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The Dow Index fell another 6 percent yesterday and for the first time since early 2017 closed below 20,000. This current market action has the Dow now losing 33 percent since its February 2020 record in just over a month, or 24 trading sessions. The speed and depth of this equity downturn has astounded even the most experienced of market practitioners. For contrast, during the 2007-2009 financial crisis, the Dow Index lost 57 percent from the October 2007 top to the March 2009 bottom, in a span of 355 trading sessions. The roaring bull market of over ten years from 2009 to now then ensued.
Perspective from the past couple of decades has led investors to expect markets to rebound quickly from a major correction. But it isn’t always so. We seem to have forgotten the worst sell-off of the US stock market, which began in 1929 and resulted in an equity decline of almost 90 percent. It took 23 years to recover. Yes, that was a long time ago and seemingly in a different world. For added context, the crash of 1987 was a 34 percent move from top to bottom over a matter of days. It took two years for the Dow to recover completely.
For a more recent example, we can look to 1989 when Japan’s Nikkei index hit an all-time high of approximately 39,000—today 30 years later, the Nikkei 225 is still trading at approximately 40 percent of the level of its 1989 peak.
The current crisis is different—each one is. Today we are generally at global peace. Oil is going through huge price dislocation and creating a simultaneous energy sector crisis. But the largest factor creating the market action is the personal service sector which has basically been shut down due to the coronavirus, disrupting both the supply chain and the demand chain. And so far, the economic consequences just look dismal.
Economists are slashing growth forecasts, with many now warning the coronavirus will trigger a global recession. Goldman Sachs is forecasting a negative 5 percent GDP growth rate for the US in the current quarter. Deutsche Bank goes further in projecting a negative 13 percent GDP growth rate for the US in the second quarter—a decline that would be the biggest in recorded history. Terrible for the equity markets.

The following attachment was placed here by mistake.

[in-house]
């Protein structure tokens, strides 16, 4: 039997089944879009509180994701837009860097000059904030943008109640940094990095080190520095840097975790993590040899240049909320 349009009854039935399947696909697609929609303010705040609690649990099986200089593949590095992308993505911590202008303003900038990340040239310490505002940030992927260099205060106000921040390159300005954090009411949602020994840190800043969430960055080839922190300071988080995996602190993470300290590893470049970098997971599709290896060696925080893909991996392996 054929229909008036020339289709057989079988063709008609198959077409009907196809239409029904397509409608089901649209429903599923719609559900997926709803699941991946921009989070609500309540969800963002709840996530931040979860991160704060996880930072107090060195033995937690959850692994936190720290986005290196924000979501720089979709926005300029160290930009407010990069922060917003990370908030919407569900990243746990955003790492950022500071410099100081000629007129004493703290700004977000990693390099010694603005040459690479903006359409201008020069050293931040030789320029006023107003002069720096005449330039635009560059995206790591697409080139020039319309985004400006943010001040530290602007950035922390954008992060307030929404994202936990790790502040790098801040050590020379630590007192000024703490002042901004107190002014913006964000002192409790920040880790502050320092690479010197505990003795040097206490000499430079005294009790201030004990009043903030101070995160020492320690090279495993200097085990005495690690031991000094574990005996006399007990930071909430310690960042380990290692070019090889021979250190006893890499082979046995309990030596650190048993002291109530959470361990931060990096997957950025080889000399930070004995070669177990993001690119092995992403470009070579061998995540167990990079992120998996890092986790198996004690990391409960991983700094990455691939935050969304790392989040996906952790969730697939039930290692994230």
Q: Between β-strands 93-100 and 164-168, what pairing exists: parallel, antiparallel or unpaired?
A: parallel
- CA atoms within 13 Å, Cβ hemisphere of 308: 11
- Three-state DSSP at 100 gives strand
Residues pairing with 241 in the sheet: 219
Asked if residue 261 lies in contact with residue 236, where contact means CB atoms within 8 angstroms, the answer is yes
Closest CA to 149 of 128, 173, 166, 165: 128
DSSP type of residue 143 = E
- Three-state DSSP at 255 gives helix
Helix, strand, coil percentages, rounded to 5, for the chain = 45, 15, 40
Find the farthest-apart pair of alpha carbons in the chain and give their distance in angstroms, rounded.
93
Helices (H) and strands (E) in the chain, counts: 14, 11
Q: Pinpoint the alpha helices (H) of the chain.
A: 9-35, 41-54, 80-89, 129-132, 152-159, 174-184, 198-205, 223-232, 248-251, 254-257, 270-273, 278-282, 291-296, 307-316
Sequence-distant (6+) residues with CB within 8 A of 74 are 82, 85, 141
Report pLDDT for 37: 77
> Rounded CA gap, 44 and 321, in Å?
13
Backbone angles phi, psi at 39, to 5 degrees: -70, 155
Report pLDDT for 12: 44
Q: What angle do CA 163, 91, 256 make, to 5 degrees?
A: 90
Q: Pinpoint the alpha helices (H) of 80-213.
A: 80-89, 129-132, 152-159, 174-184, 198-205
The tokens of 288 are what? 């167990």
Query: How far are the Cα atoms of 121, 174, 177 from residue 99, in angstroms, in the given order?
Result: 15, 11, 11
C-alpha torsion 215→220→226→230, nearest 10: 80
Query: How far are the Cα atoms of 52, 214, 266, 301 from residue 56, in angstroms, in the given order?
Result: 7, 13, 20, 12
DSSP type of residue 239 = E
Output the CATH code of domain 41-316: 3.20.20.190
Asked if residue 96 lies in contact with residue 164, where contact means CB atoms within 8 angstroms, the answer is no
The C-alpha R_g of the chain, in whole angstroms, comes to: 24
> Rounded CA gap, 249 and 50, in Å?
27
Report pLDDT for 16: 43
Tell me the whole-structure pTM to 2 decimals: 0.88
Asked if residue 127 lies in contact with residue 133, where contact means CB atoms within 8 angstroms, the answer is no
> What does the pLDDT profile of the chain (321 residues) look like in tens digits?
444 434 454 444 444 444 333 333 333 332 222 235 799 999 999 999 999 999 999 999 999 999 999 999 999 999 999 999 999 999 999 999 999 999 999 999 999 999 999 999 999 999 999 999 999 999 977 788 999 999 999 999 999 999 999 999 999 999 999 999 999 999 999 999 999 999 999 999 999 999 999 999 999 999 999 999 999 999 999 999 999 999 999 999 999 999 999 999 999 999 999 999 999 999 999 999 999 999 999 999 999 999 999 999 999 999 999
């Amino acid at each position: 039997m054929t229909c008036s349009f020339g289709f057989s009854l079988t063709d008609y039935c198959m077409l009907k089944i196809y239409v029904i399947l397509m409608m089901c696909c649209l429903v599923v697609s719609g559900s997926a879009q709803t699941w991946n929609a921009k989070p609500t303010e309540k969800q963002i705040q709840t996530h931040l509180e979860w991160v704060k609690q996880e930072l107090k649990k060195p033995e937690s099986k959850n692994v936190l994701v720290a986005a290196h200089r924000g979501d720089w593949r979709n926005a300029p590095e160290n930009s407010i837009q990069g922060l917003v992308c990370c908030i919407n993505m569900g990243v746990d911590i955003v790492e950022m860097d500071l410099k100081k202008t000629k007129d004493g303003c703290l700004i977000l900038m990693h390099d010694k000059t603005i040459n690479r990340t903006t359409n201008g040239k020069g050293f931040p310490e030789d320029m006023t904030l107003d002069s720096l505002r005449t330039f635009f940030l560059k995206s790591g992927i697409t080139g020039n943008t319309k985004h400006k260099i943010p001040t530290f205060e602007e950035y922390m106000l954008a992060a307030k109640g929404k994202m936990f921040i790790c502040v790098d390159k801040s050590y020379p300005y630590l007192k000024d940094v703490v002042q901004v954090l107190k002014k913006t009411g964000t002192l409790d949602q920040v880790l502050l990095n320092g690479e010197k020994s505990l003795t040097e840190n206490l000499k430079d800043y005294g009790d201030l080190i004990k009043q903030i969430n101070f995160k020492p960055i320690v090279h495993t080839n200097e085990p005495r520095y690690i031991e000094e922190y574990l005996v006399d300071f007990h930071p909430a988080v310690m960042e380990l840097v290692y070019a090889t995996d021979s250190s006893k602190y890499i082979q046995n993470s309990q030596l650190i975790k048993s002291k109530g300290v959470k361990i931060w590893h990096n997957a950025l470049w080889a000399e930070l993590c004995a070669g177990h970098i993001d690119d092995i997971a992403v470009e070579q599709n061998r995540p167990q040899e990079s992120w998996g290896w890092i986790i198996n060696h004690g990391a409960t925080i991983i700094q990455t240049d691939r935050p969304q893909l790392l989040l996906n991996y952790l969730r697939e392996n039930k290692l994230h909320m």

Unfortunately, all investment models seem to break down during severe market sell-offs. We saw this in 2008 when almost all asset classes declined simultaneously, and we saw it today when even the normal equity safe havens of government treasuries and high-grade corporate bonds also sold off.
The models break because the two important inputs of correlation and volatility are dynamic. Increased correlation between asset classes rise significantly in large down-market dislocations. And increased volatility—the VIX hit a record high of 82 today when a month ago it was 14—increases tail risk.
Where now for investors?
Investors are rushing to cash equivalents. And the Fed is taking actions to support money market funds.
Investor time frame and appetite for risk must first be evaluated carefully—and applied. Then further for consideration—most investors generally will not want to sell equities that are 33 percent down—if you go to cash, you probably will humanly wait for confirmation that the market is rebounding before reinvesting, and thus miss the big rebound. On the other hand, if you are already in cash, aggressively investing in a market with an 82 VIX is not for the inexperienced nor faint-of-heart. A final thought: If you possibly have the luxury of a pause, do so—until the fact set clarifies/changes in support of the best actions to take.